October 23, 1955 - August 1, 2016
Stephen Mark Wharry was born October 23, 1955 in Texas, the state right across the border from where his parents were living at the time in Nara Via, New Mexico. Within the next few months, due to the fact that Steve's dad worked for the Rock Island Railroad, he would begin a nomadic life, first moving to McPherson and Greensburg, Kansas and then ending up in Guymon, Oklahoma where he missed out on kindergarten and almost failed first grade at Homer Long. It was at this early age that Steve started to enjoy climbing to the top of things, including on top of the grade school and the house, then later he put on a cape and pretended to be Superman, which must have worked since he didn't suffer any broken bones. It was in Guymon that Steve kept a pet horned toad and learned the magic of the Four O'Clock, a flower that opened up at four every afternoon. He also started his career in Cub Scouts, earning all the appropriate awards including Webelos. It was here that he borrowed his brother's bike and took a ride around the block, only to find himself going too fast on the downhill and landing in a patch of goat head stickers! And it was here that Mrs. King, his third grade teacher, introduced him to Laura Ingalls Wilder and the Little House stories. About midway through fourth grade, it was time to move again, this time to Enid, Oklahoma. In Enid, Steve played at home in the summers and went to school otherwise. It was here he learned to swim at the local YMCA, and where he took up the viola as an instrument and did well enough to play Twinkle, Twinkle Little Star. He continued to be involved in Boy Scouts, earning the Wolf, the Bear and the Lion patch. He spent many a day riding his bike around, primarily down to the local park, where he played along the creek. And it was here that he learned that he not only enjoyed singing, but also singing in the Methodist church, with a brief membership in the choir. It was in these long hot Oklahoma summers that he became enamored of the fudge popsicle, biking down to the local convenience store to pick up a package whenever he got the money together. It was also here in Enid that Steve's dad decided the family needed to learn to play golf, a sport Steve never played very well but still enjoyed. After a few years it was time to move onto Wellington, Kansas where Steve's mom and brother were born and where Steve's parents were married. In Wellington, Steve finished 6th grade and attended both 7th and 8th. Here he had to give up the viola since Wellington had no orchestra. So he took up the French horn and then eventually the tuba, the primary then the later, because the band didn't have one. He learned to play the tuba well enough to win a Superior rating at the Arkansas Valley festival with "Tubateer Polka". Wellington was a small farming community where Steve and his family had been coming to for years as his maternal grandparents lived about 7 miles south of town where his grandfather was a wheat farmer. Many a summer was spent in Wellington helping his grandfather harvest wheat and in later years baling hay, putting up silage, wandering around the back forty among the cows, climbing silos, and learning to drive. It was also here that Steve spent the majority of his Thanksgivings and Christmases. Boy howdy, did Grandma Meredith know how to cook. The first thing his grandfather allowed him to drive on the farm was the riding lawnmower and the second was the farm tractors. Have you ever tried to pop the clutch of a tractor? Just can�t be done. In Wellington Steve again biked around town, teaching himself how to shoot a bow. He got into the habit of going to the bottom of the swimming pool and staring up just to see what it was like. This most certainly help spawn his love for scuba diving later in life. Here also, Steve joined Chi Rhos, a youth organization of the First Christian Church, went to Bible camp, and learned that a lot of people switched churches because "they were not getting fed", not the focus he always thought of in church. Wasn't church meant to be a place where you worshipped and praised God and Christ? Here also, Steve got his first job as a newspaper delivery boy. The highlight of that job was waiting up until all hours of the night for Saturday's edition which was printed after the results of the local high school results were in. While waiting, rubber band fights among the huge newspaper rolls were the primary order of business. This was also where Steve took his love of reading to heart, stopping and buying science fiction and fantasy. The first book he remembers in this genre was Fantastic Voyage. After a few years, it was time to move to Liberal, Kansas. In Liberal, Steve went to 9th and 10th grades, watched the moon landing on a tv his dad had built years ago and got involved in model making, ships, cars, planes, and rockets. He continued to work mowing lawns and delivering papers. Here he was introduced to bowling and read books by Cousteau, which cemented his desire to learn to scuba dive. It was here that Steve took the next step on the job ladder, getting a job at an outdoor theater, picking up the grounds and cleaning the concession stand. Steve also joined the DeMolay organization, a youth service organization under the Masonic umbrella. After another few years, it was off to Iowa. In Bettendorf, Steve continued in the DeMolay organization, eventually becoming the Master Councilor, e.g. the president of the chapter, continued to play tuba in the band, and found another job at a drive-in theater cleaning the grounds and the concession stands. (There are few jobs like cleaning up the grounds of a drive in theater.) He also got to work some of the shows which allowed him to see a bunch of movies for free. School progressed normally with him finishing high school with a 3.5 GPA and applying for college. A swing at the Naval Academy resulted in a short list appointment, which washed out because his eyesight was too bad. Finally, he opted to go to Iowa State University primarily because in-state tuition was fairly cheap at that time. Off to Ames, Iowa. Initially entering Iowa State as a zoologist, with the intent of becoming a marine biologist, Steve quickly realized it was unrealistic to get any degree from ISU that would have led to any posting in marine science, and with a nearly failing grade in Environmental Biology, a switch in majors was called for. The switch into chemistry seamed natural after acing the final general chemistry test with little or no studying. Clearly that showed some aptitude. He was married to Sharon Sue Russett on November, 23rd, 1974 while still in college. Going through the rest of the three years was fairly unremarkable, with the expected studying, goofing off, riding his bike around campus, chemical research, etc. After four years Steve began the interview process getting a plant trip to Louisville, Kentucky. It quickly became apparent to the interviewers and to Steve that he wanted to pursue an advanced degree. He got into the chemistry program at Northwestern University in Evanston, Ill. Once in Evanston, the school, research and teaching occupied the vast majority of his time, with some weekend breaks where he got to show family around the Chicago area, especially the museums. He quickly learned to love Chicago style pizza and looking over Lake Michigan from his lab as the sun came up. After four years, the time was up, and Steve got his PhD and a job in Bartlesville, Oklahoma with Phillips Petroleum. In Bartlesville, Steve finally had some extra time to seriously take up chess, taught to him by his dad in Wellington, Kansas; computer programming (interesting in its own right); and bowling for a start. He started as an Analytical Chemist, working with coal liquids, crude oil, polymers, pheromones, sulfur chemicals, and anything the company needed to understand more. He published a number of papers and made several presentations during this time. The largest was to well over 200 scientists in New Orleans on ethylene purity. This time also began a time for travel around the United States for fun and pleasure. Surviving multiple layoffs, Steve advanced up the ladder becoming a supervisor of an analytical section, first in the spectroscopic area, then the chromatography section and finally, being part of a process analytical group who worked with analytical instruments in the plant. During these time, EPA and FDA regulations were worked on and Steve helped out on a number of unit start ups, including a major one in Borger, Texas. It was during these later years Steve visited Norway (his first international trip, unless you were to count that band trip to Winnipeg) to the offshore oil/gas production facility Ekofisk; refineries in Sweeny and Borger, Texas; one in Salt Lake City; a polymer plant in Pasadena, Texas; gas plants in New Mexico and Oklahoma; and joined as a member of the Analytical Section of the Gas Processor's Association, eventually becoming chairman of this Section and helping to teach gas and gas liquids measurements as part of a week-long school at the University of Tulsa. Steve still had time to take his hobbies seriously. Here he became a serious chess player, director, organizer and eventually lead the Oklahoma Affiliate to the United States Chess Federation. He cycled 20-40 miles each week and finally added scuba diving onto the list in 1993 and went to the Bahamas for his first ocean dive. With shake ups within the company, Steve renewed his commitment to Christ, joining the First United Methodist Church in Bartlesville, becoming an usher. In 1999, continued company shake ups prompted Steve to move to Chevron Phillips, a subsidiary of Phillips Petroleum, allowing him more freedom than ever before, and allowing him to focus almost exclusively on polyethylene. This allowed more focused contributions and more time for hobbies and church. His faith continued to increase and in 2004 Steve began to spend more and more time in church, joining the choir, Bible study, Sunday school, etc. after his first wife passed away from breast cancer on March 26th, 2004. In 2005, Steve met Debbie Hugghins Wharry and they were married On February 25th, 2006. Steve worked for a few more years and then retired, spending his off-hours working on various activities, including IT for the Bartlesville church, hiking mountains, learning to ski, improving at chess, working around the house, etc. His last trip to Fiji in 2016 was a scuba diving trip filled with hope and the thankfulness of all the wonders he had seen. Memorial Services: 11:00 A.M., Monday, Aug. 8, 2016 at 1st United Methodist Church-Tulsa Contributions may be made to 1st United Methodist Church,Tulsa: Music Ministry or Missions.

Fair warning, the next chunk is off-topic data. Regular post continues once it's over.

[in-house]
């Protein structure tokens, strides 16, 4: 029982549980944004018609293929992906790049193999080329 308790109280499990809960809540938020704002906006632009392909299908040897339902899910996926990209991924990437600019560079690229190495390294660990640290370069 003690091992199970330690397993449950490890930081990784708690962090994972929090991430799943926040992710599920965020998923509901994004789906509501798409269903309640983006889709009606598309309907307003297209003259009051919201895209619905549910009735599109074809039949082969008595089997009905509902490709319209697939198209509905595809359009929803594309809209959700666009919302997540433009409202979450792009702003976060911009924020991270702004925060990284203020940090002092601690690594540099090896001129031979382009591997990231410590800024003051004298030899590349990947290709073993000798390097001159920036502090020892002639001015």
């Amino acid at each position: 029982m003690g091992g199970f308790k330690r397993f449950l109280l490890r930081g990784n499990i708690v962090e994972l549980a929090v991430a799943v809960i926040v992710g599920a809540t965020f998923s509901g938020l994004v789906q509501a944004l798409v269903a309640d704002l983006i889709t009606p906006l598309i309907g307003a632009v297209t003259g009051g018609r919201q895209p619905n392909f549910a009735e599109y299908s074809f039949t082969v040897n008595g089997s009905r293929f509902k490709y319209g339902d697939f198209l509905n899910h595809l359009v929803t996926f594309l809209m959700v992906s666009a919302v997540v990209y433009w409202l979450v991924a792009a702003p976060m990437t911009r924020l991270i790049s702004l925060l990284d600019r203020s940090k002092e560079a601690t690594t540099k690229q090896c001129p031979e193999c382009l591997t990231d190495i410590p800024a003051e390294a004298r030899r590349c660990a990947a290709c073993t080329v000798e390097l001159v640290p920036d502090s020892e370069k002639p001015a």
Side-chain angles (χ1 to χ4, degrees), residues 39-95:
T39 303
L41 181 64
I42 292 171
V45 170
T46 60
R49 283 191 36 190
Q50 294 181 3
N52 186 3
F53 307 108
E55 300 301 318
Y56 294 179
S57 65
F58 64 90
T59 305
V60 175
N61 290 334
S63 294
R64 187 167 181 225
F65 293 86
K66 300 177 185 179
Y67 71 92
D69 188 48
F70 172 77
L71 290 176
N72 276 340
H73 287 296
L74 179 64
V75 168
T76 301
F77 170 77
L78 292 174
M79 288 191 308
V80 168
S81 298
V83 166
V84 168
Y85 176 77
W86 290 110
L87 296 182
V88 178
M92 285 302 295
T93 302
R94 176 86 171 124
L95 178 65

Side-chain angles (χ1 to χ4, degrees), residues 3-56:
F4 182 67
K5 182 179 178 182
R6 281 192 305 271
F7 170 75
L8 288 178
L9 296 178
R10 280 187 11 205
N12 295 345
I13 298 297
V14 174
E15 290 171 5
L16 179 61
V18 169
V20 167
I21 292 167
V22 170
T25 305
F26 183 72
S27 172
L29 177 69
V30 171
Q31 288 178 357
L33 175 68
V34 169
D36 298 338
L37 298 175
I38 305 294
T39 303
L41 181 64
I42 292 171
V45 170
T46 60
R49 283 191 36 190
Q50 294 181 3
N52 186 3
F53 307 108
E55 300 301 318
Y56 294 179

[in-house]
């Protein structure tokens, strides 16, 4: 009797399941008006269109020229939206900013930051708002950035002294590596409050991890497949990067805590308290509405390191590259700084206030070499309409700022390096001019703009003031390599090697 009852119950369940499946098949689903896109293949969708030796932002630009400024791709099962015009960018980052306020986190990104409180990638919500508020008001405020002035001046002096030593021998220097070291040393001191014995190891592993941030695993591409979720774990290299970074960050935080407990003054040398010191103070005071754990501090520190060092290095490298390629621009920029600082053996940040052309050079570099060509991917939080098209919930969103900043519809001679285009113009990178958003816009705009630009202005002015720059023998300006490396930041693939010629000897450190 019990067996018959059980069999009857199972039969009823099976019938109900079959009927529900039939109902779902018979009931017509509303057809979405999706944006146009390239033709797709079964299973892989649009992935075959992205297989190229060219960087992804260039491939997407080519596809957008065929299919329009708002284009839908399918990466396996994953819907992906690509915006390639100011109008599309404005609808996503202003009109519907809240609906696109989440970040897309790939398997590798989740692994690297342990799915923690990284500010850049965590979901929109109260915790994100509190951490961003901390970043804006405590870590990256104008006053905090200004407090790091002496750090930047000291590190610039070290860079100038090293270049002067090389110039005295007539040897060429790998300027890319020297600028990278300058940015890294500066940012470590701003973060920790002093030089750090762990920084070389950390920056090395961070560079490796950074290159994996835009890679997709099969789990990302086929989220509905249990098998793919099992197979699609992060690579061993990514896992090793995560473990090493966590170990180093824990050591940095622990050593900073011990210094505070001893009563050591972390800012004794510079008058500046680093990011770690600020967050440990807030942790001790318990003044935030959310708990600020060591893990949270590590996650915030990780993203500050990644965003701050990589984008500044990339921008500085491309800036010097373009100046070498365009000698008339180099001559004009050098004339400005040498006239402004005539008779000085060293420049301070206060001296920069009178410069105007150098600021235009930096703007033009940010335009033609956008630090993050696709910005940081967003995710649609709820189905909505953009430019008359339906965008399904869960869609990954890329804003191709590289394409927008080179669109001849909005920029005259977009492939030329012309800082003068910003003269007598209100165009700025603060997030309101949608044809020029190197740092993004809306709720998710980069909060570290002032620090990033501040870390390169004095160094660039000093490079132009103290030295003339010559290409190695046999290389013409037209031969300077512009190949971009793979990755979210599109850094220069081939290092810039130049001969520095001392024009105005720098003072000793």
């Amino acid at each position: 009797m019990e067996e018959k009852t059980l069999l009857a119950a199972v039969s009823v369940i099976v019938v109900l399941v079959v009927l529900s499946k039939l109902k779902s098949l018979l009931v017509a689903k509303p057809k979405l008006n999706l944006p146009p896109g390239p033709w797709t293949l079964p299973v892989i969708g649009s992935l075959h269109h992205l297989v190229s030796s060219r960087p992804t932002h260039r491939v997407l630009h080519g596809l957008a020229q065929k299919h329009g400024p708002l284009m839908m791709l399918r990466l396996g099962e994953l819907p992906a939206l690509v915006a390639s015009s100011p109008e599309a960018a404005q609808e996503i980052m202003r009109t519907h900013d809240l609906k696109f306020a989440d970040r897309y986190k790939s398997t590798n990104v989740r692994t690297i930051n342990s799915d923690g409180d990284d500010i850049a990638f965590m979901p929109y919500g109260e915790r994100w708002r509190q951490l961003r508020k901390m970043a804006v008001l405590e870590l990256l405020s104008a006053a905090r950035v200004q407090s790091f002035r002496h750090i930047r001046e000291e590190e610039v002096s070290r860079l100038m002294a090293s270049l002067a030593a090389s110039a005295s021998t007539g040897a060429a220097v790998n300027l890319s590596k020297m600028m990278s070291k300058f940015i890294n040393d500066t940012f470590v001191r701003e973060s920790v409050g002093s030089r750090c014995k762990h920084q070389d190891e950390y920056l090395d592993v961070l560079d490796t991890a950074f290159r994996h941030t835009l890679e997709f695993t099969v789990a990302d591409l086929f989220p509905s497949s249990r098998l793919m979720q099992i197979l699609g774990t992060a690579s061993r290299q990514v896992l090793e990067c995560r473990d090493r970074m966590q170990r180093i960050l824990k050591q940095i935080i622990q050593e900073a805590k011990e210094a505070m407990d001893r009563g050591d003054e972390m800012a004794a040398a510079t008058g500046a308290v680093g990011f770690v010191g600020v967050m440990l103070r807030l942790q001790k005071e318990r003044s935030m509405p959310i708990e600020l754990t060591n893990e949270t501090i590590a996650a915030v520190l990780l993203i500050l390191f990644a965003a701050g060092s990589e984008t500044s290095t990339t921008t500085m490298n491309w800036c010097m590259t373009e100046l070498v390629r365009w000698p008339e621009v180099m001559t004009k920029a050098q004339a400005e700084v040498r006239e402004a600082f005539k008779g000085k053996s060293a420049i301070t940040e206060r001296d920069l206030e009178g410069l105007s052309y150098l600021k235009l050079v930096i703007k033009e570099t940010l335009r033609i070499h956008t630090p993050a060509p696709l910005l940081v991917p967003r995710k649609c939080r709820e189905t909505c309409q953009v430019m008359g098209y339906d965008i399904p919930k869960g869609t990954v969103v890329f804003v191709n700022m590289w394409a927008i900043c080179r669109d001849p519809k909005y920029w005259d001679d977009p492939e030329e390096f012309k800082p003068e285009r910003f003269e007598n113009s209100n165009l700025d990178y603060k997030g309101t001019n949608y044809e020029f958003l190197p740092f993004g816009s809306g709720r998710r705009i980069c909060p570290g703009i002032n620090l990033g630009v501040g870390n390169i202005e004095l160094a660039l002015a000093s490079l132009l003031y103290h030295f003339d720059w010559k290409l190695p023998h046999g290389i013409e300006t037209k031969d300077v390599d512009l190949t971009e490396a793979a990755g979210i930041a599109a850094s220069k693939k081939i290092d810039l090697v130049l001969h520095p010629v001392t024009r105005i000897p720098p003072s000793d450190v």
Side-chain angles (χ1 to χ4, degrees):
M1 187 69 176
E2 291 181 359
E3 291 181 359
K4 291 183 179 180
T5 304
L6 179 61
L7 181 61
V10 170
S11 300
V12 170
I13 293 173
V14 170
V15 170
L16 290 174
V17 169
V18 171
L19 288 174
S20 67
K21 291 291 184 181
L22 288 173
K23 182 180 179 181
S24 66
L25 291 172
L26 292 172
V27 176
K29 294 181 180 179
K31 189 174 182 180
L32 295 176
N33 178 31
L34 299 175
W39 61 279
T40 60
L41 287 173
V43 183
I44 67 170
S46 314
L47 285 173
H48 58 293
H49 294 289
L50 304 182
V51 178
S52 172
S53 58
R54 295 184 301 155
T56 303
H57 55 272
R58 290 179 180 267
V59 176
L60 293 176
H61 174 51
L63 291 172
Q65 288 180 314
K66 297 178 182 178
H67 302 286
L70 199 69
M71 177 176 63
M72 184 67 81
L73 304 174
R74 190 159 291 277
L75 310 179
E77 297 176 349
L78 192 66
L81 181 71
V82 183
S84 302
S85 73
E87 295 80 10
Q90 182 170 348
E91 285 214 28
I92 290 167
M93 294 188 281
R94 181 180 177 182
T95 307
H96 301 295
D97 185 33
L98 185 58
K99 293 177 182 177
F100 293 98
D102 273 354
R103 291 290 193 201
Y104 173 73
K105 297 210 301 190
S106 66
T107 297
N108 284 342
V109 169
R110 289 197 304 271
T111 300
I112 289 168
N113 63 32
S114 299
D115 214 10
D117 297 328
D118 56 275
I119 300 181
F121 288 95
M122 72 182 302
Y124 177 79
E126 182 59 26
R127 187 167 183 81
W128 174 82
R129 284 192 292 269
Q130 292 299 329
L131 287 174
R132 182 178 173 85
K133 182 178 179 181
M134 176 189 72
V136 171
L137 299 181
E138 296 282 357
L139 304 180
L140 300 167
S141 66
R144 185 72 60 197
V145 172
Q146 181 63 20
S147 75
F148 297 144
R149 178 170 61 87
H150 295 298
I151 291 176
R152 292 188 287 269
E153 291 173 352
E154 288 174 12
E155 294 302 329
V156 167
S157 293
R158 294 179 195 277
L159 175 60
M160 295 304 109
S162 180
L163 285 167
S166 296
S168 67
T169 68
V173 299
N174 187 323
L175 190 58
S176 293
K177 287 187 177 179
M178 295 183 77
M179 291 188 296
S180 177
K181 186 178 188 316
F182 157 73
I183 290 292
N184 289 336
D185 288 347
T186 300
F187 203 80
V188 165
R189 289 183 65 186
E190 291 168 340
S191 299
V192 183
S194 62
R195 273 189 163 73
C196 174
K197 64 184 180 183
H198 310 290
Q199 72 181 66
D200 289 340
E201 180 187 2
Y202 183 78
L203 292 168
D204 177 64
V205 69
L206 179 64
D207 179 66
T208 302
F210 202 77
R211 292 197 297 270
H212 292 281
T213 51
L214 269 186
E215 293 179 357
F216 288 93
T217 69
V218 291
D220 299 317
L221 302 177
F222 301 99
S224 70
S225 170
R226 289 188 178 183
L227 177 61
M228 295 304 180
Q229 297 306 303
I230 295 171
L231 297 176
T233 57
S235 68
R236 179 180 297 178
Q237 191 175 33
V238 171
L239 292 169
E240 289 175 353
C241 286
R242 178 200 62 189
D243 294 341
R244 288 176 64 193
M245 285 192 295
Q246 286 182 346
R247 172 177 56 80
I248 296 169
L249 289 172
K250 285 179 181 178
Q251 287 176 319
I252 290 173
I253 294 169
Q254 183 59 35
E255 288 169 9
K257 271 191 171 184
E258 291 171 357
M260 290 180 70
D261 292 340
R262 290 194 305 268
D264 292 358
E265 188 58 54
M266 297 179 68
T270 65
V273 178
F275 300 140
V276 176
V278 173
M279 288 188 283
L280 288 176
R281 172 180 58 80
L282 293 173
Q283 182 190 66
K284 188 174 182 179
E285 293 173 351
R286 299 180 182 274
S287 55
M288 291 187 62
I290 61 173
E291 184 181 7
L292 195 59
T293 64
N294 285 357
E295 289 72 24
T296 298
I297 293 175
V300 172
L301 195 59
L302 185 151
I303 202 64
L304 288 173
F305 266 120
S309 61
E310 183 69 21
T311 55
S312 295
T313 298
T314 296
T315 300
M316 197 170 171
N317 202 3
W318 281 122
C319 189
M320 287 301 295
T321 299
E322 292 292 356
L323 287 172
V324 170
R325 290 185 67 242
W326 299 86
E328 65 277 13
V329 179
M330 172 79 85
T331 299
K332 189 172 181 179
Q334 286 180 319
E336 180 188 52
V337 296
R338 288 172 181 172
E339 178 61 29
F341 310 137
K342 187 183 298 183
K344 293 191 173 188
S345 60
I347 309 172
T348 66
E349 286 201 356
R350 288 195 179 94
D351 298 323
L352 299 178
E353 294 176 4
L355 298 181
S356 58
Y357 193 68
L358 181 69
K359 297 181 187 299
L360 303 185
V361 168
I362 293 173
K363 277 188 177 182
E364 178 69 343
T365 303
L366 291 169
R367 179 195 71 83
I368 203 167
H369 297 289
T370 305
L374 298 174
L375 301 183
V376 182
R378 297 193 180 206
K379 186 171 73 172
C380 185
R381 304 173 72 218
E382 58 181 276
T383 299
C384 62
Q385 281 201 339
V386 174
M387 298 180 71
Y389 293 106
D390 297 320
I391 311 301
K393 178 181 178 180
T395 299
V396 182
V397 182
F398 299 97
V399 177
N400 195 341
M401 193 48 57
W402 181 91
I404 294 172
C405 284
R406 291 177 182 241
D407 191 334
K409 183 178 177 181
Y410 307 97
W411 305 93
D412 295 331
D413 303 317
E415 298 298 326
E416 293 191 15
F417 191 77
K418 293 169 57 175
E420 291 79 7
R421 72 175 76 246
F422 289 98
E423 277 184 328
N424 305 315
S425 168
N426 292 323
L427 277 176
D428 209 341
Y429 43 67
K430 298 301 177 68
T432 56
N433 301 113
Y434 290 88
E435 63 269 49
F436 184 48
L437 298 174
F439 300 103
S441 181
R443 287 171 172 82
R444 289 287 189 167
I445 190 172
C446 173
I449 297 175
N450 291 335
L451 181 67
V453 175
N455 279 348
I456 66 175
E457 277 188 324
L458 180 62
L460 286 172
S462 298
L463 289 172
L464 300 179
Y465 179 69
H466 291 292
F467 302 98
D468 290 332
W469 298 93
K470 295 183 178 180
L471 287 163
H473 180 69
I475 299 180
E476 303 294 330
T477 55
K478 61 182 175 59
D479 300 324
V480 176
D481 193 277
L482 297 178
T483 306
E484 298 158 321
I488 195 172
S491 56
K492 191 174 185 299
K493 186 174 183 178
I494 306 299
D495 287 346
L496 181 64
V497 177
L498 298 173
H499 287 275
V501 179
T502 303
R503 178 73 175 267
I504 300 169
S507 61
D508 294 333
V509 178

Stephen Mark Wharry was born October 23, 1955 in Texas, the state right across the border from where his parents were living at the time in Nara Via, New Mexico. Within the next few months, due to the fact that Steve's dad worked for the Rock... View Obituary & Service Information